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Why a British exit from the EU remains a possibility

Europe's sovereign debt crisis has made people uneasy for some time now, and the potential for a British exit from the EU remains.

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British Prime Minister David Cameron speaks during a press conference at 10 Downing Street on March 14, 2013, in London, England. Cameron has reiterated his interest in working with the European Union to help battle the economic crisis facing Europe. (Nick Ansel/Getty Images)

Europe's sovereign debt crisis has for some time now roused euroskepticism in the United Kingdom.

In his much anticipated Jan. 23 European Union speech, UK prime minister David Cameron reiterated that he wants to work with the EU. From the speech:

"First, the problems in the eurozone are driving fundamental change in Europe.

"Second, there is a crisis of European competitiveness, as other nations across the world soar ahead. And third, there is a gap between the EU and its citizens which has grown dramatically in recent years. And which represents a lack of democratic accountability and consent that is — yes — felt particularly acutely in Britain.

"If we don't address these challenges, the danger is that Europe will fail and the British people will drift towards the exit."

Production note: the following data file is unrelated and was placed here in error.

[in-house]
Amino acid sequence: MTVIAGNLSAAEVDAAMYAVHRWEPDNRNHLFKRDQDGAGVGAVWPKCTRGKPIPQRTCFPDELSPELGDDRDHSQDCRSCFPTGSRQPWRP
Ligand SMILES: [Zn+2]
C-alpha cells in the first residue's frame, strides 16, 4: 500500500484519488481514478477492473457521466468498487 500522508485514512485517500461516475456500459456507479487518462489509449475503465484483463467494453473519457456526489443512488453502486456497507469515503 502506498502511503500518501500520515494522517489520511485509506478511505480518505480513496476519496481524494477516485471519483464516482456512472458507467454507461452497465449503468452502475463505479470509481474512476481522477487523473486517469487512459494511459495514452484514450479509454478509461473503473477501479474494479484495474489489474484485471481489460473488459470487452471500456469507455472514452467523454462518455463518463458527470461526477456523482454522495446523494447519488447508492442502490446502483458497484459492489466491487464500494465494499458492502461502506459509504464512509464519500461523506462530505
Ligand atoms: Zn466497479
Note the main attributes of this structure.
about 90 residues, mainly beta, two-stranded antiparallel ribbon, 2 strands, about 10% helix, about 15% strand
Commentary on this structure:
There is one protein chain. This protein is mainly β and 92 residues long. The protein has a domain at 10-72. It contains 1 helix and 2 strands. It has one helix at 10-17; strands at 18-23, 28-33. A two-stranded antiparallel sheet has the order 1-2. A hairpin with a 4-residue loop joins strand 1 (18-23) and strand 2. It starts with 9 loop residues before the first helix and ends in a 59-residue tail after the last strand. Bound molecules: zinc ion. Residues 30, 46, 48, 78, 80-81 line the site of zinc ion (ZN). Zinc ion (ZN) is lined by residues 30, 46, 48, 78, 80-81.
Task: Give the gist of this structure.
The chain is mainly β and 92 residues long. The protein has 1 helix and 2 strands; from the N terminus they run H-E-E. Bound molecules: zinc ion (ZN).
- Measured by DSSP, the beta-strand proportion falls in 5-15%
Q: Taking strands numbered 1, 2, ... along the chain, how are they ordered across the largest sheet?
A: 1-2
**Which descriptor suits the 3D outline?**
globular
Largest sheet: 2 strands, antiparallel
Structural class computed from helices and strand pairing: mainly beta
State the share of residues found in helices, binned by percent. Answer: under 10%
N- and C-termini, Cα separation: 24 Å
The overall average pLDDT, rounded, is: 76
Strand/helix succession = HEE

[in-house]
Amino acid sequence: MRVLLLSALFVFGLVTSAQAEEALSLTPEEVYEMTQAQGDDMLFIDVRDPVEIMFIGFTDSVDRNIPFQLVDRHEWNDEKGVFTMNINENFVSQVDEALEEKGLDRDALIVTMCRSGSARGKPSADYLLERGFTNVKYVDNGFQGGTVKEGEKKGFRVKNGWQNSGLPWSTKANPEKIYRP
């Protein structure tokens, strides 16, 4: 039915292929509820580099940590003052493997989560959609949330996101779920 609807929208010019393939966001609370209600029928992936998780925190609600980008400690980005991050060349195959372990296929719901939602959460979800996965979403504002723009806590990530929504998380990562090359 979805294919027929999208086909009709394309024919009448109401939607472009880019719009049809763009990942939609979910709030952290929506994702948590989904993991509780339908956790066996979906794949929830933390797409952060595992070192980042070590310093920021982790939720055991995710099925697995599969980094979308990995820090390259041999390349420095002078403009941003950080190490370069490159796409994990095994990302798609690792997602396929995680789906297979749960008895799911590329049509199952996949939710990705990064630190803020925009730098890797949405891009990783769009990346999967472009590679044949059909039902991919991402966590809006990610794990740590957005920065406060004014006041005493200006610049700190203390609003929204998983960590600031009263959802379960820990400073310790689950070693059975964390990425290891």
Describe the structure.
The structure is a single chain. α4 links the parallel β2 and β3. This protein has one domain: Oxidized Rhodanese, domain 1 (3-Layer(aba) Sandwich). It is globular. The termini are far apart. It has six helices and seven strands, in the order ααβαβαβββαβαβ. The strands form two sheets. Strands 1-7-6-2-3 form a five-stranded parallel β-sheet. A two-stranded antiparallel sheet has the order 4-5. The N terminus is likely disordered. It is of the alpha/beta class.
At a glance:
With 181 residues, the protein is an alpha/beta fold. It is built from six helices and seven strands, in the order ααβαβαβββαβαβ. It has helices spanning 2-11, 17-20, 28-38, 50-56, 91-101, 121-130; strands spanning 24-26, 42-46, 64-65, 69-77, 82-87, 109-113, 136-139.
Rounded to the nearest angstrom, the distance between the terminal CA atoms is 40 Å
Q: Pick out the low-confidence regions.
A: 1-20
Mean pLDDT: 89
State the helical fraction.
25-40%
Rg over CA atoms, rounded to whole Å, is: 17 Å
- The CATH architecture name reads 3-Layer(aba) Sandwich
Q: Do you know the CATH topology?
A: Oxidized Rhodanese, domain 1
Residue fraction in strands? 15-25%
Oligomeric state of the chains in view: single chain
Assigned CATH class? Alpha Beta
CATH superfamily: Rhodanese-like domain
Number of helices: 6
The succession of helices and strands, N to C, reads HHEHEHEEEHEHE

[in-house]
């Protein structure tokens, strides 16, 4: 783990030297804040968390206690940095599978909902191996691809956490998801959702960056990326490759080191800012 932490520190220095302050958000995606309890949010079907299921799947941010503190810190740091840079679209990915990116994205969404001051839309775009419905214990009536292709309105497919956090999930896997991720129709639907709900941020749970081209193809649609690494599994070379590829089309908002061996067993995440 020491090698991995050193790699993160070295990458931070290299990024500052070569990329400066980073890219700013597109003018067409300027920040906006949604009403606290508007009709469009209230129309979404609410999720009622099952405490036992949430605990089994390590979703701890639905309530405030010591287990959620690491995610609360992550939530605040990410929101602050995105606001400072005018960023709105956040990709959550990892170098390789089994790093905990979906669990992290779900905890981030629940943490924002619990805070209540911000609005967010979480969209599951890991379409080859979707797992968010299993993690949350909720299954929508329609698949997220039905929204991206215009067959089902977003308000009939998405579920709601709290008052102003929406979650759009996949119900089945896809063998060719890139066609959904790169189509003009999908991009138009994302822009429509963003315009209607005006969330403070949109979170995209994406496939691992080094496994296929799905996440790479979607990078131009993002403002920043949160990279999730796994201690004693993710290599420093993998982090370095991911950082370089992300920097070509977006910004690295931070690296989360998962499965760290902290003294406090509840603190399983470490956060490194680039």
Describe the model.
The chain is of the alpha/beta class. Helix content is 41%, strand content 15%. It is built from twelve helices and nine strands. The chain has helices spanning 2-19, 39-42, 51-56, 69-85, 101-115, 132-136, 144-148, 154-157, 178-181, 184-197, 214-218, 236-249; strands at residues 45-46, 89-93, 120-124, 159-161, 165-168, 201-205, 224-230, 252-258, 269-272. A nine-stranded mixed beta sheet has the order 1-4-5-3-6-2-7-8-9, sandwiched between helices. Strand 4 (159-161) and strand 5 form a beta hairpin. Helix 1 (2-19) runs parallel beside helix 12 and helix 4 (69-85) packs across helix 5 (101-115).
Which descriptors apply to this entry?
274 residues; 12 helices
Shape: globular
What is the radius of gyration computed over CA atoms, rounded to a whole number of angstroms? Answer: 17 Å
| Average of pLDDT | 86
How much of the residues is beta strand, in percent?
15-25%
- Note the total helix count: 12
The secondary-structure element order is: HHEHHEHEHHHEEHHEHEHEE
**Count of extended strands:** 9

Cameron also said the next parliament would give the British people an "in-out referendum" in 2017, if the Conservative Party wins the 2015 election.

But according to Nomura's Alastair Newton's latest note, "Issues Which Keep Me Awake At Night," he writes that a British exit from the EU, or 'Brixit,' continues to be a cause for concern. He points out two big risks to Cameron's strategy:

1. "Between now and the election, the eurozone could come up with something, eg, on bank regulation, which spurs a real crisis in the UK over Europe." In an earlier note Newton pointed out that there is the chance that certain eurozone events — a single bank supervisor, which would in effect take away the UK's ability to veto; a bank transaction tax; and measures that discriminate against non-eurozone countries — could put more pressure on Cameron from euroskeptics in the conservative party.

2. "Chancellor Angela Merkel’s fairly positive response to his speech notwithstanding, Mr Cameron could fail to negotiate a ‘new settlement’ with Europe wide and deep enough to produce an ‘in’ vote in a plebiscite."

Of course at this point there is real concern that Cameron could see a defeat at the 2015 election.

Newton writes that there is a 50-50 chance of a 'Brixit' in the next five years.

With the UK having lost its AAA rating and widely regarded to be on the edge of a triple dip recession, this week's budget is crucial to restoring the government's credibility ahead of the election and the UK's position vis-à-vis the EU. 

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http://www.businessinsider.com/why-you-should-worry-about-a-brixit-2013-3

http://www.globalpost.com/dispatch/news/business/global-economy/130318/british-exit-EU-UK-debt-crisis-political-risk